[SciPy-User] scikits.timeseries question
Mon Nov 30 19:39:39 CST 2009
On Nov 30, 2009, at 8:16 PM, Christopher Barker wrote:
> nope -- not duplicated, but maybe there are missing ones. The point is
> that I have an array of "days since", and I want array of
> timeseries.dates (which is a DateArray, yes?)
Got it. Duplicated and/or missing dates correspond to the same problem: you can't assume that your dates are regularly spaced, so you can't use start_date and length.
>> np.array(...) + sd gives you a ndarray of Date objects (so its dtype
>> is np.object), and you use that as the input of date_array. The
>> frequency should be recognized properly.
> OK -- though it seems I SHOULD be able to go straight to an DateArray,
> and I'm still confused about what this means:
Well, that depends on the type of starting date, actually. If it's a Date, adding a ndarray to it will give you a ndarray of Date objects. If it's a DateArray of length 1, it'll give you a DateArray. (Note to self: we could probably be a bit more consistent on this one...)
>>> In : da = ts.date_array((1,2,3,4), start_date=sd)
>> Check the doc for date_array: the first argument can be
>> * an existing :class:`DateArray` object;
>> * a sequence of :class:`Date` objects with the same frequency;
>> * a sequence of :class:`datetime.datetime` objects;
>> * a sequence of dates in string format;
>> * a sequence of integers corresponding to the representation of
>> :class:`Date` objects.
> That's what I have: a sequence of integers corresponding to the
> representation of the Date objects (doesn't it represent them as "units
> since start date" where units is the "freq" ?
No, not exactly: the representation of a Date objects is relative to an absolute build-in reference (Day #1 being 01/01/01). (Likewise, nump.datetime64 uses the standard 1970/01/01).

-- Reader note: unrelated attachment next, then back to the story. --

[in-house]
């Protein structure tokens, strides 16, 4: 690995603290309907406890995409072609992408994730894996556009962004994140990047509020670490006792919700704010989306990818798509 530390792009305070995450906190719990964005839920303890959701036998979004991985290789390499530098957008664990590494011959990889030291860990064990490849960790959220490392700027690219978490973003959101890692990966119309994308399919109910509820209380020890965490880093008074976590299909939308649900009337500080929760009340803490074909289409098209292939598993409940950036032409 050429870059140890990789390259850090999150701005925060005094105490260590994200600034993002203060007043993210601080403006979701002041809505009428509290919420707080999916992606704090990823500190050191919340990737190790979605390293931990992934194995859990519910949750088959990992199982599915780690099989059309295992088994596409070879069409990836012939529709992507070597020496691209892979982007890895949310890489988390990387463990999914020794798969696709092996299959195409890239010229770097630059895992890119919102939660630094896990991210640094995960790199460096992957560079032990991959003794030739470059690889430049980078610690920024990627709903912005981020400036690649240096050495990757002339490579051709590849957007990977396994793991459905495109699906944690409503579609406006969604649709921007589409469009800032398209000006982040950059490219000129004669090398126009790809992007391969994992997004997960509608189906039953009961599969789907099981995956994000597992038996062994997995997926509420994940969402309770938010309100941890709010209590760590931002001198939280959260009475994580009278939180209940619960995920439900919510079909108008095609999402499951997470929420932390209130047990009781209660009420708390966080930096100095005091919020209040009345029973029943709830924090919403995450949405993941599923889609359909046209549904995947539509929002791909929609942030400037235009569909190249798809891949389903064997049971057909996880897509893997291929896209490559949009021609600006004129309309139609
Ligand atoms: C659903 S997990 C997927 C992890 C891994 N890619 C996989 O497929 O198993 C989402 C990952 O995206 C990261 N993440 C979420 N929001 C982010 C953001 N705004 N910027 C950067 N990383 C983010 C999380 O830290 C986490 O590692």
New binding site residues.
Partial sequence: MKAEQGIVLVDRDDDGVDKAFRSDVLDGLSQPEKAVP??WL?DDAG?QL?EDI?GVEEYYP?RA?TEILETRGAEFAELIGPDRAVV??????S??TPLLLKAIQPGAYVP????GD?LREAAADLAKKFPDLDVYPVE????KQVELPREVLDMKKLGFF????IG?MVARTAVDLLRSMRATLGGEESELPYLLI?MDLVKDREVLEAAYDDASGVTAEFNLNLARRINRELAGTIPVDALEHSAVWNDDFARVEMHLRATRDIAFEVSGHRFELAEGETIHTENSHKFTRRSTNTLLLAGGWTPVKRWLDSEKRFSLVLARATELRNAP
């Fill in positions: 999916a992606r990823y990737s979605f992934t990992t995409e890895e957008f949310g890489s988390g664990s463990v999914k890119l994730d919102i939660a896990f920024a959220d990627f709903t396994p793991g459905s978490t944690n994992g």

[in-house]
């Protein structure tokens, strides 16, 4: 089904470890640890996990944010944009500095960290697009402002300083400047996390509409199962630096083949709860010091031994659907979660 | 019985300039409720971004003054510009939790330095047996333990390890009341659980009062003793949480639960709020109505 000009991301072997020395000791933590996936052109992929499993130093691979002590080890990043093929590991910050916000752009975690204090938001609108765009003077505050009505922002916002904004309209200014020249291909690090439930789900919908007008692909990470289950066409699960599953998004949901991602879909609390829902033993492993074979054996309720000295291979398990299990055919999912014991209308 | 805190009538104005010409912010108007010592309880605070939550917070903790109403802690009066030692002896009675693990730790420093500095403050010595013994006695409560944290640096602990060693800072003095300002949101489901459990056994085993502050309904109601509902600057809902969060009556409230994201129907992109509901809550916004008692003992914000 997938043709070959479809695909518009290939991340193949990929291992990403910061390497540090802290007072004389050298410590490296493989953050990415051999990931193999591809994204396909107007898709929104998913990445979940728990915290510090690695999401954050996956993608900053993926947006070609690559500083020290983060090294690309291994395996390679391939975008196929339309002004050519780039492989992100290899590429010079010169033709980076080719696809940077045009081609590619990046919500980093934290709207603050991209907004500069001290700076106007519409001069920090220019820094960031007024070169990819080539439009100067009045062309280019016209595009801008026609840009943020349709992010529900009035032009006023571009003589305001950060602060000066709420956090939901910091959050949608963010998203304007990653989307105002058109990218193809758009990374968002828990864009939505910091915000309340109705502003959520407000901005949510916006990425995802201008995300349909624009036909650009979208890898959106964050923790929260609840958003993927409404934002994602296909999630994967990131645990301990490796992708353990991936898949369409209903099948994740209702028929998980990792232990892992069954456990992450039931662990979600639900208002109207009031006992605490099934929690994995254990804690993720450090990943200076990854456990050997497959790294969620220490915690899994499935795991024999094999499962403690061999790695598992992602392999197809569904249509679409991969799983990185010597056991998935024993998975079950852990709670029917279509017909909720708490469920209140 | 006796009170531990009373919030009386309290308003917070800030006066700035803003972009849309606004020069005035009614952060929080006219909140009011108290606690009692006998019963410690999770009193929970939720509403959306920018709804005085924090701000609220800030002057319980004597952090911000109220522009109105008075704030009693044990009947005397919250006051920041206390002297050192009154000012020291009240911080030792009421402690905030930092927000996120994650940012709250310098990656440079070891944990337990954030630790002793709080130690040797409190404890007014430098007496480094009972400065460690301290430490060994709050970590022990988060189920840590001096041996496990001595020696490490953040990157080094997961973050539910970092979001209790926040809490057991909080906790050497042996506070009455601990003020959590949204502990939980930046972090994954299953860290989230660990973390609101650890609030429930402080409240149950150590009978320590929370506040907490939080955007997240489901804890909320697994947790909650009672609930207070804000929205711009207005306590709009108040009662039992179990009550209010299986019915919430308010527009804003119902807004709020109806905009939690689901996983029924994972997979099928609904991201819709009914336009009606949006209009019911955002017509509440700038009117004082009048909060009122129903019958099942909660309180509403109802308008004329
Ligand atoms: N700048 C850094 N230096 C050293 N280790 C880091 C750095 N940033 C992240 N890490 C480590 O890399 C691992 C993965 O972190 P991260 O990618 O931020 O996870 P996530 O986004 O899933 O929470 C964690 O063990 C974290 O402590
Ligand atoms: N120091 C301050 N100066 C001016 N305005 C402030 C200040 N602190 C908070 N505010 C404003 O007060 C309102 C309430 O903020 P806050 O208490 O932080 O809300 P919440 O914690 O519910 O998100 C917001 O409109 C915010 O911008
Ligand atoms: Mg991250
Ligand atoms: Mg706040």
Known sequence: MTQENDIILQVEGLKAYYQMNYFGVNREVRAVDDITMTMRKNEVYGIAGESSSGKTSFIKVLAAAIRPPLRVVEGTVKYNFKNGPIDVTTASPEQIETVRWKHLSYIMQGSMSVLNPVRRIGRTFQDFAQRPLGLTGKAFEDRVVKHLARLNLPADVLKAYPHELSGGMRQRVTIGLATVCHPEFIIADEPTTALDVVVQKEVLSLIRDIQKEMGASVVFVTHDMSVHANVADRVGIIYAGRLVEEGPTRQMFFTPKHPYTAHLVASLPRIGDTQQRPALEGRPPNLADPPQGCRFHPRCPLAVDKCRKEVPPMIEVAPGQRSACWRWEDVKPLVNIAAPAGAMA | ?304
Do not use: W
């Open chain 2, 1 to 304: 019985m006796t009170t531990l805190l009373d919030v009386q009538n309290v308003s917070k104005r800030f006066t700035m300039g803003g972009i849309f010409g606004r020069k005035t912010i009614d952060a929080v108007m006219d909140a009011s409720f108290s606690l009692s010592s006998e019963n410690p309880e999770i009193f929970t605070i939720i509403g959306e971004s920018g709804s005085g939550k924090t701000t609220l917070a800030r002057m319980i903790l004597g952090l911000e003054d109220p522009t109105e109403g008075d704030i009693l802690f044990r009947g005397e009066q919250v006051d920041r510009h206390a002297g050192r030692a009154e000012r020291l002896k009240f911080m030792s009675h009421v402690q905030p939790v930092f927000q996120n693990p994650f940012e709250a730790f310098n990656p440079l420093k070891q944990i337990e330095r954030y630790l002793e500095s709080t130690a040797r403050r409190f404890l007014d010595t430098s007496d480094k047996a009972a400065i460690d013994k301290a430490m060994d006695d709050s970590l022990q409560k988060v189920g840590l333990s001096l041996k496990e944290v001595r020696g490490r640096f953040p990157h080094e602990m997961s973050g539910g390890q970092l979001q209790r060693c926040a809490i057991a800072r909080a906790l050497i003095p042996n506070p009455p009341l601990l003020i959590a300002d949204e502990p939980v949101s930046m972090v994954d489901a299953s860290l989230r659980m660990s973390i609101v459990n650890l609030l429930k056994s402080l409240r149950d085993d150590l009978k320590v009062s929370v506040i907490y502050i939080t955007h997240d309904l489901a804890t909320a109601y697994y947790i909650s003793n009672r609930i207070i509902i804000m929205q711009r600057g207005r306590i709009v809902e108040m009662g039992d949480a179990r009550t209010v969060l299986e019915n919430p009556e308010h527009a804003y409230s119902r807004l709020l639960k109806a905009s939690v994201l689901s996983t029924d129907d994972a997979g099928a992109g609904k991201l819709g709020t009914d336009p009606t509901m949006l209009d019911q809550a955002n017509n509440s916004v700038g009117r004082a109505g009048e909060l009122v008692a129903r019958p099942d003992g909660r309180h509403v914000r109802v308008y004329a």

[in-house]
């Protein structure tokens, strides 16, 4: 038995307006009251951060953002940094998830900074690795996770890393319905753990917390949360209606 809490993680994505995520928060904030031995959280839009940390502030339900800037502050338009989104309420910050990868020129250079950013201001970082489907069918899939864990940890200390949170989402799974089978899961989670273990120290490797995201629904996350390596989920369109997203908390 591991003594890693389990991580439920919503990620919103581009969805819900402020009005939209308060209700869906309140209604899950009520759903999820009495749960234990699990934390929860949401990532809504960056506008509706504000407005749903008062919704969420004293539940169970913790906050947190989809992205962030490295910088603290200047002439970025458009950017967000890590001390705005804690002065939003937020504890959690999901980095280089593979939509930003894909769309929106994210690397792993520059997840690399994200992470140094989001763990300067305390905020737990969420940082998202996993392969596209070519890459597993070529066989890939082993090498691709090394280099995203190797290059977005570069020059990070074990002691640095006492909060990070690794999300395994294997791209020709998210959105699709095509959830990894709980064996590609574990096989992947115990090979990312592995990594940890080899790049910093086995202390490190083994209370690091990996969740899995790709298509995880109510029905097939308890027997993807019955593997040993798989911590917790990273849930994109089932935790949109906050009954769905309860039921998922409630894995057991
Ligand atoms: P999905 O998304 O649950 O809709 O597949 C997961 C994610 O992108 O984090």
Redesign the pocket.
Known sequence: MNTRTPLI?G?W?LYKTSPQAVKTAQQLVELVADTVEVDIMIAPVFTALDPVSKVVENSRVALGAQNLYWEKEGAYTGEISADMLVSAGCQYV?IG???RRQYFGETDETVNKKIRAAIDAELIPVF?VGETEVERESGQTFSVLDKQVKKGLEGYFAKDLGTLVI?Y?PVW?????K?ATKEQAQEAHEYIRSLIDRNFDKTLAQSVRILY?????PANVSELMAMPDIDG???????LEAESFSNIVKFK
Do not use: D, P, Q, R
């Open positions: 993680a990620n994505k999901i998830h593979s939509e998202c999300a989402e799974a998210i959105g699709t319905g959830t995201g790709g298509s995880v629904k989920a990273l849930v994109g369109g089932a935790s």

We can't have a variable reference as it would be far too messy too quickly. Instead, you have to use the trick start_date + ndarray of integers to get what you want.
> If that's not what if means, then what does it mean?
If you have a 'A' frequency, that'd be a sequence like 2001, 2002, ...
For a 'M' frequency, that'd be 24001 (for 2001/01), 24002 (for 2001/02)...
For a 'D' frequency, that'd be 730486, 730487... for 2001/01/01, 2001/01/02...
In other terms, the nb of units since the absolute reference.
> hmm -- I see this:
> ts_lib.mov_average(data, span, dtype=None)
> Calculates the moving average of a series.
> data : array-like
> Input data, as a sequence or (subclass of) ndarray.
> Masked arrays and TimeSeries objects are also accepted.
> The input array should be 1D or 2D at most.
> If the input array is 2D, the function is applied on each
> I've got a 3-d array -- darn! Maybe I'll poke into it and see if it can
> be generalized.
3D ? What are your actual variables ? Keep in mind that when we talk about dimensions with time series, we zap the time one, so if you have a series of maps, your array is only 2D in our terminology.
If you have a time series of (lat, lon), mov_average will average your lats independently of your lons
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